It's happened at last – the first day of the ecosoul course I've been working towards publicly for four or five years, since the inception of my 'Ground of Being' days on Dartmoor at the solstices and equinoxes, and privately for – oooh – 4 decades or so.
I'm still assimilating the depth of the day on my friend Carrie's rich land in Cornwall (appropriate that the country of my birth would hold so beautifully the birth of this yearlong project, designed to begin just after Samhain, the birth of the Celtic New Year).
13 creative and interesting people joined me. One of the wonderful things was the diversity of the group, and the unique perspectives and contributions made by each. We were united in our sense that we humans need a different way to relate to the earth, and by our passion for this and for sustainability, and for work that has depth of imagination and soul, whatever the latter word meant to each of us.
This first day was to deepen our understanding of and our experiential relationship to trees and the tree realm – crucial to our survival, and taken for granted at best, seen as objects for our use or, worse, cut down because they inconvenience us, just as often.
I chose trees to open the course because – actually, I didn't. Trees insisted themselves into my imagination every time I thought about this course. It seems counter-intuitive to open an outdoor ecopsychology course with trees at a time of year when many trees will have lost their leaves.
In addition, it seemed a little crazy to offer this in cold November storms as an outdoor workshop. When I drove down from Devon early that morning, the weather was utterly filthy, with worse forecast. On the opposite carriageway, I passed an overturned car, and further along a 4x4 firmly wedged in and at right angles to the bank. Not for the first time, I wondered what I was doing.
However, part of the point of this course is to meet the natural world on its terms, not ours; and that means in whatever conditions are given us. Luckily for me, everyone turned up – some from a huge distance. Luckily for all of us – and Cornwall does this often – on the dot of 10am, practically, the start time, the sun started to dissolve the storms.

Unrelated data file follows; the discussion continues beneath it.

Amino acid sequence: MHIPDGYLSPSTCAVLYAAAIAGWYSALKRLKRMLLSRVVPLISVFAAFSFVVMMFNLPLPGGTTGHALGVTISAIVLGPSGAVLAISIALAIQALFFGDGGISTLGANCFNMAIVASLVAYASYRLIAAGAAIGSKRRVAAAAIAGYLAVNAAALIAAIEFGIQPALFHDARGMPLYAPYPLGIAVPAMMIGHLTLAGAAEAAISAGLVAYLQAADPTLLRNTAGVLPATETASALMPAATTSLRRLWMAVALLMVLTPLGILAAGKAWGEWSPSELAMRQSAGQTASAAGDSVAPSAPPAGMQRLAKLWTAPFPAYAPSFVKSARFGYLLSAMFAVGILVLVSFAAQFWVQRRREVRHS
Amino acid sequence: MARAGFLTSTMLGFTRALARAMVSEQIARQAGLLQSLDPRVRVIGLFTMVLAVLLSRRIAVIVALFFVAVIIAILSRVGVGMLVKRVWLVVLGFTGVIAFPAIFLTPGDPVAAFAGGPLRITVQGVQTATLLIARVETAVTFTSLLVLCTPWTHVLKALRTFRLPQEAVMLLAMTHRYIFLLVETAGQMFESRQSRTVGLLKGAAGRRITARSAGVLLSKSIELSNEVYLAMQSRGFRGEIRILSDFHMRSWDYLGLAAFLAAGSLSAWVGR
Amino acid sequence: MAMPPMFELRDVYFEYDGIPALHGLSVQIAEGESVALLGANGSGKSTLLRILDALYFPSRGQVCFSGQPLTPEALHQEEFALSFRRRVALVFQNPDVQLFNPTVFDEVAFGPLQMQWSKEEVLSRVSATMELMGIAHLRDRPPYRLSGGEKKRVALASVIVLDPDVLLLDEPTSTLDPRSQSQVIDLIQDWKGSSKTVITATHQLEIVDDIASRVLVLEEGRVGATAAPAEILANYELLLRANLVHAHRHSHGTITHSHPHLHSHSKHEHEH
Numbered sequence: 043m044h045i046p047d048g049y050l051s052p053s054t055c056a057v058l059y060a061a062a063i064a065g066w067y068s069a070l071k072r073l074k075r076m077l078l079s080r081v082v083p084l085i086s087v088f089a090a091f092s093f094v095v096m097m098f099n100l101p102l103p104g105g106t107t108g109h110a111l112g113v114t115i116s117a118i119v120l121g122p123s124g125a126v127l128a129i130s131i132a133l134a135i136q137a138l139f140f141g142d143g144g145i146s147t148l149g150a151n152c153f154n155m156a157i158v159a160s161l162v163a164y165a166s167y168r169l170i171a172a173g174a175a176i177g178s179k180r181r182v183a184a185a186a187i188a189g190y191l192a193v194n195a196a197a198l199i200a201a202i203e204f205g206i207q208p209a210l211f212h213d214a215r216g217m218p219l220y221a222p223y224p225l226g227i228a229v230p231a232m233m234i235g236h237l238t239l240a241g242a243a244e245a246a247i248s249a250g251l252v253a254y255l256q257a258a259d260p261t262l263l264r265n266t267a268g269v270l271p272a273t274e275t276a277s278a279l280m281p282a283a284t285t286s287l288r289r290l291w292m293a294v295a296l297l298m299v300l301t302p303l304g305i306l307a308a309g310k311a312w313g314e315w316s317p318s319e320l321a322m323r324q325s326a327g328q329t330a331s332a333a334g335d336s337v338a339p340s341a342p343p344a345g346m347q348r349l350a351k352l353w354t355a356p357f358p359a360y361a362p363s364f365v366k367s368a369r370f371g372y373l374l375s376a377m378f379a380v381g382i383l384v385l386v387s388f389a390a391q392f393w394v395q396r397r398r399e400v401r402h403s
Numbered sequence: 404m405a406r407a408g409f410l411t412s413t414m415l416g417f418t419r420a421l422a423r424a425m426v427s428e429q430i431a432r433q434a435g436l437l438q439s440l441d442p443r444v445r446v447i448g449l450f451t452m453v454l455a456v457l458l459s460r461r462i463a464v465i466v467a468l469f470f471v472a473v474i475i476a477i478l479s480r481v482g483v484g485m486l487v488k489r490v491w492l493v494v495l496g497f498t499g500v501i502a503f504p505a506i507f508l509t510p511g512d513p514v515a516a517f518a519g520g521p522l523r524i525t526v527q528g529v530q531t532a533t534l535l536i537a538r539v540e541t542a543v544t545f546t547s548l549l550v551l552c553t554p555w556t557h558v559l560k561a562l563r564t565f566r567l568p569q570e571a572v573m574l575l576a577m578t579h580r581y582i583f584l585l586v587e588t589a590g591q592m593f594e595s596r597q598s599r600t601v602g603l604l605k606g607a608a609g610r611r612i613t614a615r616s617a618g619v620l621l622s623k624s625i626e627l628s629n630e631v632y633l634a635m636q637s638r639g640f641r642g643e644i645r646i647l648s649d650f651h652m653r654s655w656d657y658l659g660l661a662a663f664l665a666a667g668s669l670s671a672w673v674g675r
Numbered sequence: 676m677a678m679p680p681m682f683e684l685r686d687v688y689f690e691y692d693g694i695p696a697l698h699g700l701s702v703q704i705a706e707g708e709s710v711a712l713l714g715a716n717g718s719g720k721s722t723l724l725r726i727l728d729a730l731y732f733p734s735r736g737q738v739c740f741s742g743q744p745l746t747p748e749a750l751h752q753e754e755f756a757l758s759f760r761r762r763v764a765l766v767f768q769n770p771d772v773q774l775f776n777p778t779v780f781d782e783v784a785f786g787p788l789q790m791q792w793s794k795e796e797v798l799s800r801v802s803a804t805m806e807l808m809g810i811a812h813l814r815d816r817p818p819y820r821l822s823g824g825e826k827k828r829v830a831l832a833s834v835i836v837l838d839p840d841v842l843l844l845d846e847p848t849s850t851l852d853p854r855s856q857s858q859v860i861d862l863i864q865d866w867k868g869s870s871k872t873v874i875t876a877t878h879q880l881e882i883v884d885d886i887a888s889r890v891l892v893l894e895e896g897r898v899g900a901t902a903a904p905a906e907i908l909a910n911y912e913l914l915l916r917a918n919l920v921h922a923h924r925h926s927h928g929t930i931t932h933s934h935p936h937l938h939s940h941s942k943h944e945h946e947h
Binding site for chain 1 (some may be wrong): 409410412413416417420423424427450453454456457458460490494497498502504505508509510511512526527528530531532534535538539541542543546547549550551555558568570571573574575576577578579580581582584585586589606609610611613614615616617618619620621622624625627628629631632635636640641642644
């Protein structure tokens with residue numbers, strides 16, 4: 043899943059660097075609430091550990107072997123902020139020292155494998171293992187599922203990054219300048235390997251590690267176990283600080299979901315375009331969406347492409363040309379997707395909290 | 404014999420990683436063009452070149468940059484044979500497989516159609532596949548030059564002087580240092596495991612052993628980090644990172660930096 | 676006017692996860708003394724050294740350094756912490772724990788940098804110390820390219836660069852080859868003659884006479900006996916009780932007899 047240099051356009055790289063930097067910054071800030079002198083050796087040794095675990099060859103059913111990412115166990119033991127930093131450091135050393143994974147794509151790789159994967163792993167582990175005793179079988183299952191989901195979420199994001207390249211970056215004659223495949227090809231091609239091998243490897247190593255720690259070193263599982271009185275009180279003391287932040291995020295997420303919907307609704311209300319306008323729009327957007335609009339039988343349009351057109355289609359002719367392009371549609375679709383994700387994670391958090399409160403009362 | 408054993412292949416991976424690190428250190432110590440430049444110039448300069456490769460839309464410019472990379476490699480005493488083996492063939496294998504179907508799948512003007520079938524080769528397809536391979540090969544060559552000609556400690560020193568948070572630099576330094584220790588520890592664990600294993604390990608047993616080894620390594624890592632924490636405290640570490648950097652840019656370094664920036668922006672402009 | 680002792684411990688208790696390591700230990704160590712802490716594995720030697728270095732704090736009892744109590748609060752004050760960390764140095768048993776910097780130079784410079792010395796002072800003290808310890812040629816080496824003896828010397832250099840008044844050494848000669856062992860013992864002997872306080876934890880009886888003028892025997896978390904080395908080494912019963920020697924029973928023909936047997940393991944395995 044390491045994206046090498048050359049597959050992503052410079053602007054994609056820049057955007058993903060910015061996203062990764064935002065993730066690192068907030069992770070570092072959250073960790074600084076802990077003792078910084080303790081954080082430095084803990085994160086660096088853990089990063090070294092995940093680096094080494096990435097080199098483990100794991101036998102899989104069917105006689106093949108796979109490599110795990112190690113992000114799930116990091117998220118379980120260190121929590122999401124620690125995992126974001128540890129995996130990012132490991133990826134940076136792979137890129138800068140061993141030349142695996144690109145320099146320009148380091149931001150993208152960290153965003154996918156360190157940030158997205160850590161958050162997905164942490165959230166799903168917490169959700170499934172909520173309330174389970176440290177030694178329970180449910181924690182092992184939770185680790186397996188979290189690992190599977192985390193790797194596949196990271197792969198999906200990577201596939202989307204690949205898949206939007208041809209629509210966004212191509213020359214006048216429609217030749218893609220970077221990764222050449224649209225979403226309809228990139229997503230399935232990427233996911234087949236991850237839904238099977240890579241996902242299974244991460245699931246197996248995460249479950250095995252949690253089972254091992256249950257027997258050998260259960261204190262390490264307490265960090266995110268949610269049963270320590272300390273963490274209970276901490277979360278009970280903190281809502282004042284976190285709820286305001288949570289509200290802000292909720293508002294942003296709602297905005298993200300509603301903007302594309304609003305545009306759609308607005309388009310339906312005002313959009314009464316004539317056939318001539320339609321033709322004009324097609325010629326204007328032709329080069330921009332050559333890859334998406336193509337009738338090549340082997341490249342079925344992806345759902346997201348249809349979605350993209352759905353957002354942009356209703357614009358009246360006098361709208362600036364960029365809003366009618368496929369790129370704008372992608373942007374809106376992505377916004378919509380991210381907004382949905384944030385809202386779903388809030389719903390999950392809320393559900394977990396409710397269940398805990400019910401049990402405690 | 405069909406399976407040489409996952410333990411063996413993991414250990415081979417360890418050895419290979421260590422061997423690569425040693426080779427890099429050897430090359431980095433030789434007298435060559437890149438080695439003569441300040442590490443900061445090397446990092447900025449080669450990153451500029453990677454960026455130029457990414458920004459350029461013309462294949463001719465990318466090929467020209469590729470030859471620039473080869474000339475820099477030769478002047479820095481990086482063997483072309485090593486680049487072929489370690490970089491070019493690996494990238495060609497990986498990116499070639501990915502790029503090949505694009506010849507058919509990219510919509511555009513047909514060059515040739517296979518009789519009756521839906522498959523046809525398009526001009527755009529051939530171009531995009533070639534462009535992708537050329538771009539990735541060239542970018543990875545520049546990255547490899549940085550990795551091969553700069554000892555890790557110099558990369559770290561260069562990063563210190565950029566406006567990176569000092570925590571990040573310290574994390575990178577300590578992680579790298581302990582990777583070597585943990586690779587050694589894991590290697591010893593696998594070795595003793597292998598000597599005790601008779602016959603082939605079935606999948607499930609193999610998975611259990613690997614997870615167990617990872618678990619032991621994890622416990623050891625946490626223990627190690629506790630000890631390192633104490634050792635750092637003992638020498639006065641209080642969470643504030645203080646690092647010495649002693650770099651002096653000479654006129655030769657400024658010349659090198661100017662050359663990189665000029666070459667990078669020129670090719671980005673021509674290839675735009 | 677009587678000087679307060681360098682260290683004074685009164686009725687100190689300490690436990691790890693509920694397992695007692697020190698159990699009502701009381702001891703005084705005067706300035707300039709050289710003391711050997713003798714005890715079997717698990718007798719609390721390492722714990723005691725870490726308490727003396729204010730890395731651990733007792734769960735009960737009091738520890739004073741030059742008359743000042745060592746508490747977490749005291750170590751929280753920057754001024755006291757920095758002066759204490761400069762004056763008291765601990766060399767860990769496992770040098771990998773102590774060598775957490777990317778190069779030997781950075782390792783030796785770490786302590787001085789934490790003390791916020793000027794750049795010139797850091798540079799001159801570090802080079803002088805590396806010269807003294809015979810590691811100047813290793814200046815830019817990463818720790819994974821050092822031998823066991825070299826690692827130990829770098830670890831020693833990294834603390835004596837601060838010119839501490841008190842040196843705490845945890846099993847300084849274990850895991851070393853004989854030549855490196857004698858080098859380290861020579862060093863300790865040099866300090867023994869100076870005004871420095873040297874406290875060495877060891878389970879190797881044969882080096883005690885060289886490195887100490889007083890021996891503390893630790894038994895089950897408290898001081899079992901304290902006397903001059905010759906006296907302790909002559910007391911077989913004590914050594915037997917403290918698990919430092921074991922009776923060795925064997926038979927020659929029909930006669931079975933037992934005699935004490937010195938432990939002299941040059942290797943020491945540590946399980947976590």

So the work outside could take place.
And what very beautiful pieces were created outside by the group; poetry of and to the earth in the form of shrines, or offerings to trees. I'll post some of the images another time (the ones here are mostly the unadulterated work of the land).
I'm still too close to the day to be able to talk coherently about it, and anyway I'm worded out.
What I can say, though, is that work that has depth to it will also bring challenges. This was as much the case for me as for some of the participants I spoke to after. It's hard to allow yourself to be visible; it makes one feel silly to think of creating a depth relationship with, speaking to, or for, trees, let alone in practise and in words, out loud. It's much easier to stay small, invisible, in our comfortable unchallenging creases, than to allow ourselves to be as large as we are; to live from soul in accord with essential spirit rather than according to the conditioned or prevailing spirit of the time.
So working outdoors in such a concentrated way was also to winkle ourselves out of the insulated comfort of our lives. We all, of course, struggle; we all have our sorrows. But here in the West we're fortunate; and each day we're alive is such a gift; easy to forget that.
And the day was such a gift. Carrie had put so much effort into making our day uplifting; the land is beautiful in all seasons; the weather and the hordes of sparrows and white doves in the garden helped; the trees were obliging about collaborating; and it's an immense privilege to work with people who will put themselves on the line in enquiry and exploration, with their imaginations and their hearts.
‘When there is the encounter with the other, when there is mutuality, when there is presence, when there is giving and receiving, and both are changed in that encounter, that is the moment when you can begin to move toward transformation.' ~ Richard Rohr
You can read more about this course here. I'm delighted to say I shall be leading a similar course in the Cevennes Mountains next September, a week after the creative writing retreat I lead there (the week in between can also be attended as an untutored writing retreat week, and there's a special deal if you sign up for both courses and this week). You can see more details here.
AND: for more comprehensive details of my forthcoming retreats and courses, click here. There are earlybird discounts on many of them.